The other enfant terrible of new Moroccan theatre is Jaouad Essounani. After graduating from ISADAC, this young producer and director of the Dabatheatr troupe opted for adventure and staying off the beaten track from the start. After he left ISADAC, Jaouad Essounnani set himself a challenge: to make theatre at whatever cost. He was convinced that in terms of art, social and religious limits often act as a brake on creativity. He promised a different kind of theatre, one which was based on experimentation and interculturality, as he also knew that this was the only way to enrich the possibilities of artistic expression. He put on his first show Crashland, One Night in 2004, the same year the troupe was created, in collaboration with the Goethe-Institut in Rabat, using actors of different nationalities (German, Algerian, French and Moroccan).

Jaouad Essounani did several internships in Europe, including one at the Royal Court Theatre, which provided him with plenty of practical experience and important contacts. He then returned to Morocco even more determined to change theatre and to help in the artistic education of a public that was still not used to this type of expression. He changed his style and wrote a second play, The Candle based on Ariel Dorfman’s Death and the Maiden. The show was well-received by the public and critics alike. It was selected for the 8th Meknès Festival National du Théâtre Professionel and was nominated for several prizes.

Several years later, a collaboration was born between the playwright Driss Ksikès and Jaouad Essounani. Together they put on Homage! then Il/Houwa with great success. Following on from this, Ksikès and Essounani paired up again for a new show, 180 Degrees, which also deals with existential questions. The characters on stage belong to a society that is being evolved and which becomes more and more entangled in the most absurd contradictions.

180 Degrees doesn’t actually tell a story, rather it presents stories taken here and there from daily life. In his unconventional production, in which experimentation takes precedence over traditional styles of theatre, the director is holding up a multi-faceted mirror to the audience. In looking into it, the spectators have to ask themselves existential questions and at the same time become a voyeur without being aware of the fact. The characters in the play have no names. Why would they have names in this excessively dehumanised world that the play presents to us? The characters are anonymous, because they are exactly like us. Frequently they resemble us, but they are also the opposite of what we would wish to be. That is because the declared objective of the playwright and director is to confront us with the dialectic of illusion and reality, symbolised by the incessant swirling of a woman wearing a burqa.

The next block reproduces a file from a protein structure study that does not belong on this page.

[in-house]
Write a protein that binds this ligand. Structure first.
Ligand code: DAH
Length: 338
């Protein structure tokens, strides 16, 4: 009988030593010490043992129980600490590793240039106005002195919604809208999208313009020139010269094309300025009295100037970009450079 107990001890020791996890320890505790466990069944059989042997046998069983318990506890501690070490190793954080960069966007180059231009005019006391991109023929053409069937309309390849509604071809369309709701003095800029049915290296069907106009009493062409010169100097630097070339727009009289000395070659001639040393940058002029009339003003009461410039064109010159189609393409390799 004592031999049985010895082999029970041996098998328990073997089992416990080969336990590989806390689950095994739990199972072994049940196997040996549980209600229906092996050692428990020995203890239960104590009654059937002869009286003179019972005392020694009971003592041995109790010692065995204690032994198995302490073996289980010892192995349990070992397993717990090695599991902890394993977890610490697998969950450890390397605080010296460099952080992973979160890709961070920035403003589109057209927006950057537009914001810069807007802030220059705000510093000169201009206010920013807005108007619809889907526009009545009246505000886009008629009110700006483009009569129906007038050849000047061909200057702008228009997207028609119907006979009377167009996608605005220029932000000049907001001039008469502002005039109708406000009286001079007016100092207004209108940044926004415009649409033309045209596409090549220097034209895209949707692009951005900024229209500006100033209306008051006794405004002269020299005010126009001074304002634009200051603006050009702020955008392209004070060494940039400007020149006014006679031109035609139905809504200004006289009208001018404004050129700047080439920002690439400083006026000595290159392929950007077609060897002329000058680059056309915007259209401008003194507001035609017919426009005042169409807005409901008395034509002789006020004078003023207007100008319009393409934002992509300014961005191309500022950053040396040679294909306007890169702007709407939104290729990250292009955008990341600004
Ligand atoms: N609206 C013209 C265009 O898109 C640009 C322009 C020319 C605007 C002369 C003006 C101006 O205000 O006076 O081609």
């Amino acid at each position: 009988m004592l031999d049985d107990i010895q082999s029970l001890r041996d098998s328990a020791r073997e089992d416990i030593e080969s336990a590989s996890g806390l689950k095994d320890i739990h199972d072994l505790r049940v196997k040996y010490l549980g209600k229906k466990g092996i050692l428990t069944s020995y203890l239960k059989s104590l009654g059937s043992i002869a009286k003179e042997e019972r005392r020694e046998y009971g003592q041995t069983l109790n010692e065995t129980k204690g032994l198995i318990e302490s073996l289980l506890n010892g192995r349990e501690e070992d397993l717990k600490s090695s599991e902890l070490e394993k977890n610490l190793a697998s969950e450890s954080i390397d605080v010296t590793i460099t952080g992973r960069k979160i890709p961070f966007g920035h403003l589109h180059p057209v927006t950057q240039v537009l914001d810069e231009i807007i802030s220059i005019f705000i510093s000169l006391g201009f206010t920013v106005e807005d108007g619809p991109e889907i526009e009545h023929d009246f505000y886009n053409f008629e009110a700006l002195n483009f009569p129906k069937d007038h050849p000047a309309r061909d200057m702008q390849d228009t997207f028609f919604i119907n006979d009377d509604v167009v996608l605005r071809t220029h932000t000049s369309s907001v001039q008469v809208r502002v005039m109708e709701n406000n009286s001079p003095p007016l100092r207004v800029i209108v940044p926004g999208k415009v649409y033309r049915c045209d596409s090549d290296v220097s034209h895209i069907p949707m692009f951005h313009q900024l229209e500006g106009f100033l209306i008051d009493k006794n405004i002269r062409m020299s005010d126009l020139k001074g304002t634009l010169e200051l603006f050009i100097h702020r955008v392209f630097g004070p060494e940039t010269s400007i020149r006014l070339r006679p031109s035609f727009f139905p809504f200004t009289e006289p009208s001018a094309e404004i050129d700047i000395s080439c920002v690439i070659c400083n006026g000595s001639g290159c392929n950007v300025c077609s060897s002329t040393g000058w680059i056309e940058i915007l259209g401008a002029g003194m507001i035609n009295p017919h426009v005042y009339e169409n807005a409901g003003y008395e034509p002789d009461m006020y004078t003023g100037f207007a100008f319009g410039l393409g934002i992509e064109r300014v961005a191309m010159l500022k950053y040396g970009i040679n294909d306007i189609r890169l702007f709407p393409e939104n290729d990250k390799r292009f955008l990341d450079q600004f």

Out of this collaborative theatre project, set up by the playwright and the producer, another ambitious and original project was born. The two men devised a project combining animation and theatre with the support of the Institut français in Rabat, that offered them Salle Gérard Phillipe theatre space for the production. Dabatheatr became “a perpetual laboratory where writers, producers, musicians, dancers, actors and all types of creators meet to make multi-disciplinary populist theatre”, according to the project’s publicity material. This multicultural troupe is attempting to work professionally and places great importance on communication and exchange. In the first week of every month, the Gérard Phillipe theatre is a meeting space for art and encounters of all kinds. In the first week of every month, the troupe puts on theatre and dance shows and concerts and organises training sessions. The week is crowned off with Theatre News — short plays based on current socio-political events.

While Théâtre Aquarium, founded by Naïma Zitane, the other ‘trouble-maker’ of Moroccan theatre, from the outset defined itself as a type of awareness-raising theatre for women’s rights, it also has also succeeded in touching on issues that are deemed to be blasphemous by certain sections of the public. The shows put on by Théâtre Aquarium are becoming more and more explicit in the provocative intentions they reveal. Women’s Stories, Poppies and Red + Blue = Purple explicitly defend the personal status of women with more or less blunt and open intent. But with Dialy — It’s Mine, an adaptation of the Vagina Monologues, Théâtre Aquarium overstepped acceptable limits for a society that refuses to say out loud what it thinks silently. Aquarium was vilified by detractors on social media for having said the unsayable, despite some support. It was the same for Théâtre des amis’ production Capharnaum. The show was criticised because Latefa Ahrrare dared to wear a swimsuit on stage. Freedom of expression is wishful thinking in a society that is still fighting for the reinforcement of democratic ideals. Only once this society succeeds in freeing itself of taboos and clichés, will creativity be able to finally bloom and prosper.

Translation from French: Karen Tucker